The Malaysian ruling coalition’s takeover of a northern state has been given the thumbs-down by voters, according to a poll released Thursday ahead of two critical by-elections.

The by-elections, one for a seat in national parliament and the other for the state assembly in Kedah, are being seen as a referendum on the Barisan Nasional coalition’s conduct in Perak state.

A new Barisan Nasional leadership was sworn into power there this week, despite objections from the Pakatan Rakyat opposition alliance, which lost its narrow majority when it was hit with four defections.

The Merdeka Centre research firm said that 66 percent of Perak residents it surveyed disapproved of using defectors to form a new government.

Seventy-four percent of the 507 respondents said the assembly in Perak should have been dissolved and the people allowed to select a new government through a vote.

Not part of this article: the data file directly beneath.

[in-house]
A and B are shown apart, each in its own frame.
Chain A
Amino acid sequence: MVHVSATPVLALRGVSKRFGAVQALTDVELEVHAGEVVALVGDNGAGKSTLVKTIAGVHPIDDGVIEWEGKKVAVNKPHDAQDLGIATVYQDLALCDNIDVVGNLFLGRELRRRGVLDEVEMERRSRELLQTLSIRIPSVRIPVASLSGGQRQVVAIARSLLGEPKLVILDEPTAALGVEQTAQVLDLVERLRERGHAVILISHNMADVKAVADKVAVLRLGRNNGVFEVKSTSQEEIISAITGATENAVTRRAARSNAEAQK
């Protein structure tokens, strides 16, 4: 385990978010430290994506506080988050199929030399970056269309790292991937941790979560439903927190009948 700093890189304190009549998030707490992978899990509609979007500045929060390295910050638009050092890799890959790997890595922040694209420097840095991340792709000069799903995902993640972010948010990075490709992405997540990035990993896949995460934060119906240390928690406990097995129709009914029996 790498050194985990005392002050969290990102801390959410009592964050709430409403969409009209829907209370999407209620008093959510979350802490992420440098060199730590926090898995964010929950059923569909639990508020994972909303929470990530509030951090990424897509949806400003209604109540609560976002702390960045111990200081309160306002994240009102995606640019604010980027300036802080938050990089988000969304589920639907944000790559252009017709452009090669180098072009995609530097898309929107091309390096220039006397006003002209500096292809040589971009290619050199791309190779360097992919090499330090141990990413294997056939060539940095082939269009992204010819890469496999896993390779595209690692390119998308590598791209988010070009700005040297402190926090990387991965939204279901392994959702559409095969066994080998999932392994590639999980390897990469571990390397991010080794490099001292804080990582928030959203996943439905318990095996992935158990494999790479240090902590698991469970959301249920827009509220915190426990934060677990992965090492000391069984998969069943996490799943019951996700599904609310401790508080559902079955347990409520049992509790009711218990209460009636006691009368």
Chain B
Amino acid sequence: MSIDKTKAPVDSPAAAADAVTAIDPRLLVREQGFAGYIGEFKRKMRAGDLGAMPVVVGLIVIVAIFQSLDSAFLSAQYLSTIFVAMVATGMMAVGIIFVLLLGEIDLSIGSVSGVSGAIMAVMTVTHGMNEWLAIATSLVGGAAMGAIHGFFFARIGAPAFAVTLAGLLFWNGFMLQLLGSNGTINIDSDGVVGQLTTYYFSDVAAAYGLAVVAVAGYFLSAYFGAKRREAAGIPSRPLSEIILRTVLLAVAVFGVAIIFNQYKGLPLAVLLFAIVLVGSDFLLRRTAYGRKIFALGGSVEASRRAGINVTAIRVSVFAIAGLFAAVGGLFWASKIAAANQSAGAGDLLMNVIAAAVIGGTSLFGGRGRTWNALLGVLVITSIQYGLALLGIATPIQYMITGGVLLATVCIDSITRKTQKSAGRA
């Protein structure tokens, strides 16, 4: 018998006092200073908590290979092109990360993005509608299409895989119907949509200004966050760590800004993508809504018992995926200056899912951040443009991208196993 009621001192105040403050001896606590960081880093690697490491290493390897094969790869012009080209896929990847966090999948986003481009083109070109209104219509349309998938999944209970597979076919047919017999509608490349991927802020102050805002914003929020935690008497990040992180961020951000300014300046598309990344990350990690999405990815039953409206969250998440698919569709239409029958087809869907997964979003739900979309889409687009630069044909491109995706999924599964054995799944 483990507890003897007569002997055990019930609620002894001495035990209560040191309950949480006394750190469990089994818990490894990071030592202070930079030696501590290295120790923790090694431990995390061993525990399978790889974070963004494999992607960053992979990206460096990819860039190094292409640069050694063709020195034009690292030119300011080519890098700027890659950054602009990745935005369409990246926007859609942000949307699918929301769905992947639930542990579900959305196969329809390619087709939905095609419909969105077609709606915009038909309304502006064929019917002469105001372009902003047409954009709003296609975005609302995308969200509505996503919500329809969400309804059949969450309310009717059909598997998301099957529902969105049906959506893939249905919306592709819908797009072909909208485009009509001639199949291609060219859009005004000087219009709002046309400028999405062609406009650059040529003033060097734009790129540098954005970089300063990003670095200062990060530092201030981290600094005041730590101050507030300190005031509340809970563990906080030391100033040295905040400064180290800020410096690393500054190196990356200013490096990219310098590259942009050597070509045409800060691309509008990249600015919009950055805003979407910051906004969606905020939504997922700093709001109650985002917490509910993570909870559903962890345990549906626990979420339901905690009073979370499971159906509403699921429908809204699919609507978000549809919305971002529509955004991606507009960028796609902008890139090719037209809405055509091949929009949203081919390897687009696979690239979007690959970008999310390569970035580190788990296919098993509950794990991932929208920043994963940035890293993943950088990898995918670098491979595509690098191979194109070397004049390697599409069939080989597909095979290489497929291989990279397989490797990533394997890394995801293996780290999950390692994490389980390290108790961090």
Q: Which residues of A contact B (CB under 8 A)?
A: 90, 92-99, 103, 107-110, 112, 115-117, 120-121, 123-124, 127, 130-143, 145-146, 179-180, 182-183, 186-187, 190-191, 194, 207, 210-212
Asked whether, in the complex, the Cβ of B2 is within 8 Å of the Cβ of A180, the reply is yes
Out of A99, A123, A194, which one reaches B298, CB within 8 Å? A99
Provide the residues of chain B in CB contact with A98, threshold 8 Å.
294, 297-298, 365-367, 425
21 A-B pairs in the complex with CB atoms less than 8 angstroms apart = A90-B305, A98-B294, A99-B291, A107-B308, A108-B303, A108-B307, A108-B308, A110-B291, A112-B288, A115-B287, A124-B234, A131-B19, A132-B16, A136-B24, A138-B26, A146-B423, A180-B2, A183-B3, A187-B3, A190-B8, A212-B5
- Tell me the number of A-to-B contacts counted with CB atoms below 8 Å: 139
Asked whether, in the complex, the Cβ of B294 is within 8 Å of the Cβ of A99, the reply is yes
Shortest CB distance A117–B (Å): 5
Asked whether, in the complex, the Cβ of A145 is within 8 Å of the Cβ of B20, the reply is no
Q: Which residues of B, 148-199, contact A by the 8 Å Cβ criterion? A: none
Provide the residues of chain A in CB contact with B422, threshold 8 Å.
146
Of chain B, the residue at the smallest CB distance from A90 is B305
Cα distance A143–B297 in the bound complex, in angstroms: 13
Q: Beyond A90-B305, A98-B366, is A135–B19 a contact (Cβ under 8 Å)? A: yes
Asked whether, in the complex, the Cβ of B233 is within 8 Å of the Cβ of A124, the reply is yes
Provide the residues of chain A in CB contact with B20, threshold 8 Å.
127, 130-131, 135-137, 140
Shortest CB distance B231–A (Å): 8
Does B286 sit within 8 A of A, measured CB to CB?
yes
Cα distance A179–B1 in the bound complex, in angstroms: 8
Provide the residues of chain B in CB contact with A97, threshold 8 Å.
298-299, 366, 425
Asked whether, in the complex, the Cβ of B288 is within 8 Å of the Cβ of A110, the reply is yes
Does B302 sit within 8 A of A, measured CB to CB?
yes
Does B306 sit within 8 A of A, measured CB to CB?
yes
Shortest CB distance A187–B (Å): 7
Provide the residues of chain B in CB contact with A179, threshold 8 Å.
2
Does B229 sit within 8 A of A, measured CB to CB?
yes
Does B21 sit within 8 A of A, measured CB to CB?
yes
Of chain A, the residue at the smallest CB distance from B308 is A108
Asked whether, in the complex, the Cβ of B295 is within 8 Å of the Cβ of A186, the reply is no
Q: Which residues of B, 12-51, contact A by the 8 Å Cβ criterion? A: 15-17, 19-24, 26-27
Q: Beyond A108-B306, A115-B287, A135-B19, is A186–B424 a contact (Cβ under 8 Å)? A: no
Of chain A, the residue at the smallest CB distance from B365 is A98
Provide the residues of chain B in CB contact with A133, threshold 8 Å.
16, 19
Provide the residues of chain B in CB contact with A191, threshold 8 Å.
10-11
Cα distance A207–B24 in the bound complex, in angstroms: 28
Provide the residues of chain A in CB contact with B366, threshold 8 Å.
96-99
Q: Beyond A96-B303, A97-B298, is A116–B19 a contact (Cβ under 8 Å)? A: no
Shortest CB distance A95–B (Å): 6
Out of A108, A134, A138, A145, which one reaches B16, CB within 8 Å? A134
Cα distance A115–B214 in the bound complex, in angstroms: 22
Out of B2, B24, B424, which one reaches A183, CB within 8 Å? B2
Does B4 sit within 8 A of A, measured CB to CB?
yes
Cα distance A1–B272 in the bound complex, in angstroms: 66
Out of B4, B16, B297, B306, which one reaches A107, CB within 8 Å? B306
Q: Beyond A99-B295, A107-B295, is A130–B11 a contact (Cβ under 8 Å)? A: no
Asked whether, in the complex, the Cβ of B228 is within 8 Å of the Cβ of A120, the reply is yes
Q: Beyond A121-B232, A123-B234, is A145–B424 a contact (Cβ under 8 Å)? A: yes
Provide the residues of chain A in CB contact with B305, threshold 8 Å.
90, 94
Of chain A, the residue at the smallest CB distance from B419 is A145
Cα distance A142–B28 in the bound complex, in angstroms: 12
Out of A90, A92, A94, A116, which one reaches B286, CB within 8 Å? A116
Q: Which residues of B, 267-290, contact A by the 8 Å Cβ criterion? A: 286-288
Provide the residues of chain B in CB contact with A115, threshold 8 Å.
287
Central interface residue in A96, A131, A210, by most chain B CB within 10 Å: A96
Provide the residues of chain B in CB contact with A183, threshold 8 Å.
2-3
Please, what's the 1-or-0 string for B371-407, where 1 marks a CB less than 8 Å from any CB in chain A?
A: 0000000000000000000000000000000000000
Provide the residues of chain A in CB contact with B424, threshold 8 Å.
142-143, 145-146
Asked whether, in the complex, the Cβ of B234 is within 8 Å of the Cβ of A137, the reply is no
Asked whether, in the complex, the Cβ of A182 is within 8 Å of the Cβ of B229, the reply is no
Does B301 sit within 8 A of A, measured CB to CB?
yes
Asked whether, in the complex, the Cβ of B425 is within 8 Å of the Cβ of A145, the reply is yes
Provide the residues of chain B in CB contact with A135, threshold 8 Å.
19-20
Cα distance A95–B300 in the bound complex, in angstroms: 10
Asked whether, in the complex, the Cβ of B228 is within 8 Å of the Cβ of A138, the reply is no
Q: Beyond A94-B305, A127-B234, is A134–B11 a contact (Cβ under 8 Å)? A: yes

In a rare display of displeasure towards the state’s highly respected sultan, who ordered the Pakatan government to quit, 62 percent said his handling of the case “does not reflect the will of the people of Perak”.

The findings came as the government prepares for a bruising contest over the national parliamentary seat in Perak, and the seat in the state assembly in far-northern Kedah state, which have both become vacant.

The opposition has said the votes will be a test of the Barisan Nasional’s popularity and its conduct in Perak, where public protests greeted the installation of the new government.

Merdeka Centre pollster Ibrahim Suffian said however it was too early to gauge sentiment for the upcoming votes, which the Election Commission will fix dates for on Friday.

“Kedah is far away so we are not sure whether the sentiment is the same. Bukit Gantang (the Perak electorate) is in the same state but we won’t know how far-reaching its impact until we conduct a separate survey,” he told AFP.

Barisan Nasional has been humiliated by the loss of two by-elections since putting in a dismal performance in general elections last March, and will be looking to prove it can claw back public support.

The votes are also a chance for the opposition alliance to re-assert itself after the loss of Perak, which triggered calls for opposition leader Anwar Ibrahim to quit. AFP